US 4904842 A
In lap joint welding of galvanized sheets, the occurence of blowhole and pit is prevented by applying a blowhole·pit preventing agent comprising a phosphorus compound as an effective ingredient prior to the arc-welding.
1. A blowhole-pit preventing agent for arc-welding of (1) used as a coating on galvanized sheets subjected to arc welding consisting of 5-70% by weight of at least one ferrophosphorus selected from the group consisting of Fe2 P, FeP, Fe3 P and FeP2 and having a phosphorus content of 15-55% by weight, 0.1-20% by weight of an additive and the balance being a solvent.
2. The blowhole-pit preventing agent according to claim 1, wherein said phosphorus content is 20˜28% by weight.
3. A method for lap joint arc-welding a galvanized sheet, which comprises applying a blowhole-pit preventing agent consisting of 5-70% by weight of at least one ferrophosphorus selected from the group consisting of Fe(2)P, FeP, Fe(3)P and FeP(2) and having a phosphorus content of 15-55% by weight, 0.1-20% by weight of an additive and the balance being a solvent to at least one of the lapped surfaces to be welded and then performing an arc-welding.
4. The method according to claim 3, wherein said blowhole-pit preventing agent is applied over a region of at least 1 mm width adjacent to a position of weld bead to be formed.
5. The method according to claim 4, wherein said phosphorus compound of the blowhole-pit preventing agent is applied in an amount of 10˜1,000 g/m2.
1. Field of the Invention
This invention relates to a blowhole.sup.. pit preventing agent and an arc-welding method using the same, and more particularly to an effective means for preventing the occurrence of blowhole and pit as a serious defect in the arc-welding of galvanized sheets.
2. Relates Art Statement
In general, surface treated materials obtained by applying zinc or zinc alloy or a composition containing them to a surface of a metallic substrate to form a plated film or coated film are called as a galvanized sheet inclusive of zinc-plated steel sheet. When the treated surfaces of the galvanized sheets are lapped one upon the other to form a lap joint by welding, zinc or the like is vaporized by a welding heat to produce a high vapor pressure of zinc in the joint face, whereby blowholes or pits are frequently produced in weld bead. This becomes a serious problem up to the present, and consequently it is unable to apply the arc welded joint of the galvanized sheet to portions requiring severer quality of welded joint, for example, high-strength members and the like.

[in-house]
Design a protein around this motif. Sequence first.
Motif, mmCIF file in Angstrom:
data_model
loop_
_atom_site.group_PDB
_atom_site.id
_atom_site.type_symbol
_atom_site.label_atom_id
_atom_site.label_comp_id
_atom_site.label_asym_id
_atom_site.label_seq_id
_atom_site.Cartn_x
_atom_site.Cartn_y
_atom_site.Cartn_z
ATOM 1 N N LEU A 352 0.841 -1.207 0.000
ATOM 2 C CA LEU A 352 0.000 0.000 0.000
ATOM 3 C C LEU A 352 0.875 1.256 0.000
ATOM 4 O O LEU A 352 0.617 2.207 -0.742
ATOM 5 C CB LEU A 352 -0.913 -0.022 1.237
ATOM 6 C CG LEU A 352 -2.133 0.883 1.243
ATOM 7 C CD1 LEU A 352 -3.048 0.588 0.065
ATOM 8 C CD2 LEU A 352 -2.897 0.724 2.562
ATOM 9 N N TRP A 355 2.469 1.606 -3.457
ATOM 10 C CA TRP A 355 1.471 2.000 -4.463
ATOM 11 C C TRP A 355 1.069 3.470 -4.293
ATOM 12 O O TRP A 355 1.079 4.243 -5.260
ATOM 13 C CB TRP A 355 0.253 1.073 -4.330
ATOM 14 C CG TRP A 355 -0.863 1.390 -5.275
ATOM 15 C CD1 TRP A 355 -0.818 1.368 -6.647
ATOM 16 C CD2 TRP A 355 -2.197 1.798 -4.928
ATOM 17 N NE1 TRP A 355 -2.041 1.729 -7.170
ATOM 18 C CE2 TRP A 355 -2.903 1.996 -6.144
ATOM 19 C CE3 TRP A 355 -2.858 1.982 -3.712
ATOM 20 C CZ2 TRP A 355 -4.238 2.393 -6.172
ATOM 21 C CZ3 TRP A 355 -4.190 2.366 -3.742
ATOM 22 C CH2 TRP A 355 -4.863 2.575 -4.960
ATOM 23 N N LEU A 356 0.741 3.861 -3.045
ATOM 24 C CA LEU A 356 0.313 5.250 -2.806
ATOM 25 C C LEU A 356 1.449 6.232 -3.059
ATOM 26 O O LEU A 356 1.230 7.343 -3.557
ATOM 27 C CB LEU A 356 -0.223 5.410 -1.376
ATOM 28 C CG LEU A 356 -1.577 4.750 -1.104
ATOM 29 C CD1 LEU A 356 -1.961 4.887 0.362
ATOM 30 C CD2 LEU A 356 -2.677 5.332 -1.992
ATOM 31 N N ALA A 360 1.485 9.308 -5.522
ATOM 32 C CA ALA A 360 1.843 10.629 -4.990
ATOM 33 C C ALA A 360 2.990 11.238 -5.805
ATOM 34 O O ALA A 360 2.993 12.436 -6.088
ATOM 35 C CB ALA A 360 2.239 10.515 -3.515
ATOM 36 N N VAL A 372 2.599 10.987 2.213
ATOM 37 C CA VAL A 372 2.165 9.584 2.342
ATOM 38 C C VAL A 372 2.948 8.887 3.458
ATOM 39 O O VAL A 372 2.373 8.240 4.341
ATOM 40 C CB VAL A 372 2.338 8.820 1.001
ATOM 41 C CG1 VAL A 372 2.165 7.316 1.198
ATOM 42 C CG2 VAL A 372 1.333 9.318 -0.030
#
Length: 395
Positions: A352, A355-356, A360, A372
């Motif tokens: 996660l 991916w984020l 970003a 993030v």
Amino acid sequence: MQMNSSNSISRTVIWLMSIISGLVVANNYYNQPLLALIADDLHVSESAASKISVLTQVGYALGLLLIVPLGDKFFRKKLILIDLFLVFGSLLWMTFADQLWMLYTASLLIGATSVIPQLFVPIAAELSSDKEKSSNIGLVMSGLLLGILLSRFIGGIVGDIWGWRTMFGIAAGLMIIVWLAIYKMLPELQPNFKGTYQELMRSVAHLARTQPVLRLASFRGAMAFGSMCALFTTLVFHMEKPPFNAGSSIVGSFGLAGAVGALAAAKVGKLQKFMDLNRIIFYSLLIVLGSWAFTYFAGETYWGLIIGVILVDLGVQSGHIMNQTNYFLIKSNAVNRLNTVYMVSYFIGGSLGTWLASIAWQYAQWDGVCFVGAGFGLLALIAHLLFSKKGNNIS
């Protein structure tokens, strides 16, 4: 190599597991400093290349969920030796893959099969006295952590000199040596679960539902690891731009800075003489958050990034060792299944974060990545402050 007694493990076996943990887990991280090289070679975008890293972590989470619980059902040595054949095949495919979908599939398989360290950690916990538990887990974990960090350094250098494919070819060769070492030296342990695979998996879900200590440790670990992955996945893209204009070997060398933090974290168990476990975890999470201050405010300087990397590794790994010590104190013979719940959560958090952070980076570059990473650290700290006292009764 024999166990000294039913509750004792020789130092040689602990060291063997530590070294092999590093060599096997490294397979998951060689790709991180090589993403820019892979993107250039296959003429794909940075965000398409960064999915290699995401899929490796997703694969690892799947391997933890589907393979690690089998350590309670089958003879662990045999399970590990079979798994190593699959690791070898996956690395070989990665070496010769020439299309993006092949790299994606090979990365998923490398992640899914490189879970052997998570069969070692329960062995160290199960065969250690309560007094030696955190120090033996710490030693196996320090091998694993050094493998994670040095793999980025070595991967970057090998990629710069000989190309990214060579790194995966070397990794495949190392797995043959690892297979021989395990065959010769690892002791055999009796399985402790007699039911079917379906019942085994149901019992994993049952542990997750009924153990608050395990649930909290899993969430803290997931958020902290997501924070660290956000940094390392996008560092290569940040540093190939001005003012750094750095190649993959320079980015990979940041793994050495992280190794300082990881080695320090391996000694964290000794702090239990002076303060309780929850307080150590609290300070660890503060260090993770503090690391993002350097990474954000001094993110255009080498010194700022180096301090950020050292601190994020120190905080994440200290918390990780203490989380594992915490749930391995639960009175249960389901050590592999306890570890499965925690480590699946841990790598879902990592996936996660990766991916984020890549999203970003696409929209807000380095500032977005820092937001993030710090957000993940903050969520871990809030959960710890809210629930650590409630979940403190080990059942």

Prior to the welding, zinc or the like in the vicinity of the welded joint portion was previously removed by a mechanical means, or by vaporization through a gas burner or an ahead torch, or by a chemical means such as use of a remover or the like. In this case, not only the number of steps undesirably increases but also zinc or the like existent in the portion other than the welded portion is unnecessarily removed or the portion near to the welded portion is damaged to undesirably injure the rust preventing ability and appearance of base metal.
Since the remover contains a large amount of organic solvent, acid, alkali or the like, the use of such a remover unfavorably damages the working environment and safety.
It is, therefore, an object of the invention to solve the problems on the occurrence of blowhole and pit in the arc-welding of the galvanized sheet without causing the aforementioned drawbacks of the conventional techniques.
It is another object of the invention to provide a blowhole pit preventing agent which can effectively suppress the occurrence of blowhole and pit even when zinc or the like is existent in a portion to be welded and an arc-welding method of a galvanized sheet by using the blowhole.sup.. pit preventing agent which can be carried out under a high welding efficiency.
Moreover, the term "lap joint welding" used herein means to include fillet welding, T-shape or cruciform joint welding, flare welding, edge welding, spot welding, seam welding and the like as shown in FIG. 5.